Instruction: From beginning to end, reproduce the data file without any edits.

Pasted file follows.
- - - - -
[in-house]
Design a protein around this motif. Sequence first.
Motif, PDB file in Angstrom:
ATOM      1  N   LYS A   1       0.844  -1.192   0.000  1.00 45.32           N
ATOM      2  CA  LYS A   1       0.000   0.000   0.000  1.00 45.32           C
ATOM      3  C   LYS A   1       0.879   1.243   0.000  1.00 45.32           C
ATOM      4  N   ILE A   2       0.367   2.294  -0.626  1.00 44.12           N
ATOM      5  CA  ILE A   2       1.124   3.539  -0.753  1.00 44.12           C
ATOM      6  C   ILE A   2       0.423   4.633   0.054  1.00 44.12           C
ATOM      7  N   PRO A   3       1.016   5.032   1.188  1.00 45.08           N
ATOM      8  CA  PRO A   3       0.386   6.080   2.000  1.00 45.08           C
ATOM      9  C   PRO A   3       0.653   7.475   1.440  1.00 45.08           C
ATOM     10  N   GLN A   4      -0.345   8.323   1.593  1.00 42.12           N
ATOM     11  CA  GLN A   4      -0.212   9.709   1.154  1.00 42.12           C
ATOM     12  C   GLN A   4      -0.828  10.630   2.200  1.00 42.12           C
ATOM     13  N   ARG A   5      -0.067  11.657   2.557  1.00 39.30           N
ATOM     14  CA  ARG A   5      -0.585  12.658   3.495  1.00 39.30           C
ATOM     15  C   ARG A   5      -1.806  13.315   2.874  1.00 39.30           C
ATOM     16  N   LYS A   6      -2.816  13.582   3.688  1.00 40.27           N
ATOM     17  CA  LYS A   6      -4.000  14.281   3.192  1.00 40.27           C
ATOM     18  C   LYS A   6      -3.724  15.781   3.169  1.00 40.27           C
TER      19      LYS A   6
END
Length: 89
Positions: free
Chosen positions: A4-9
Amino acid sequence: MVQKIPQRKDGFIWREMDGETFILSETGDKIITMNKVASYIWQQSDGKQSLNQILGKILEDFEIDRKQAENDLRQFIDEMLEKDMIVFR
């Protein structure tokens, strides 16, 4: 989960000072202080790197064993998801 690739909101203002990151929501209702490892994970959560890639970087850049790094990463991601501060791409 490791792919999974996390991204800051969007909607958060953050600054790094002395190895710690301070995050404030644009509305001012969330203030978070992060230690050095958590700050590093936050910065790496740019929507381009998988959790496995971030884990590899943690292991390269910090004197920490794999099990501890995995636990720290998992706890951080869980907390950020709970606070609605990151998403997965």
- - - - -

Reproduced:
[in-house]
Design a protein around this motif. Sequence first.
Motif, PDB file in Angstrom:
ATOM      1  N   LYS A   1       0.844  -1.192   0.000  1.00 45.32           N
ATOM      2  CA  LYS A   1       0.000   0.000   0.000  1.00 45.32           C
ATOM      3  C   LYS A   1       0.879   1.243   0.000  1.00 45.32           C
ATOM      4  N   ILE A   2       0.367   2.294  -0.626  1.00 44.12           N
ATOM      5  CA  ILE A   2       1.124   3.539  -0.753  1.00 44.12           C
ATOM      6  C   ILE A   2       0.423   4.633   0.054  1.00 44.12           C
ATOM      7  N   PRO A   3       1.016   5.032   1.188  1.00 45.08           N
ATOM      8  CA  PRO A   3       0.386   6.080   2.000  1.00 45.08           C
ATOM      9  C   PRO A   3       0.653   7.475   1.440  1.00 45.08           C
ATOM     10  N   GLN A   4      -0.345   8.323   1.593  1.00 42.12           N
ATOM     11  CA  GLN A   4      -0.212   9.709   1.154  1.00 42.12           C
ATOM     12  C   GLN A   4      -0.828  10.630   2.200  1.00 42.12           C
ATOM     13  N   ARG A   5      -0.067  11.657   2.557  1.00 39.30           N
ATOM     14  CA  ARG A   5      -0.585  12.658   3.495  1.00 39.30           C
ATOM     15  C   ARG A   5      -1.806  13.315   2.874  1.00 39.30           C
ATOM     16  N   LYS A   6      -2.816  13.582   3.688  1.00 40.27           N
ATOM     17  CA  LYS A   6      -4.000  14.281   3.192  1.00 40.27           C
ATOM     18  C   LYS A   6      -3.724  15.781   3.169  1.00 40.27           C
TER      19      LYS A   6
END
Length: 89
Positions: free
Chosen positions: A4-9
Amino acid sequence: MVQKIPQRKDGFIWREMDGETFILSETGDKIITMNKVASYIWQQSDGKQSLNQILGKILEDFEIDRKQAENDLRQFIDEMLEKDMIVFR
């Protein structure tokens, strides 16, 4: 989960000072202080790197064993998801 690739909101203002990151929501209702490892994970959560890639970087850049790094990463991601501060791409 490791792919999974996390991204800051969007909607958060953050600054790094002395190895710690301070995050404030644009509305001012969330203030978070992060230690050095958590700050590093936050910065790496740019929507381009998988959790496995971030884990590899943690292991390269910090004197920490794999099990501890995995636990720290998992706890951080869980907390950020709970606070609605990151998403997965």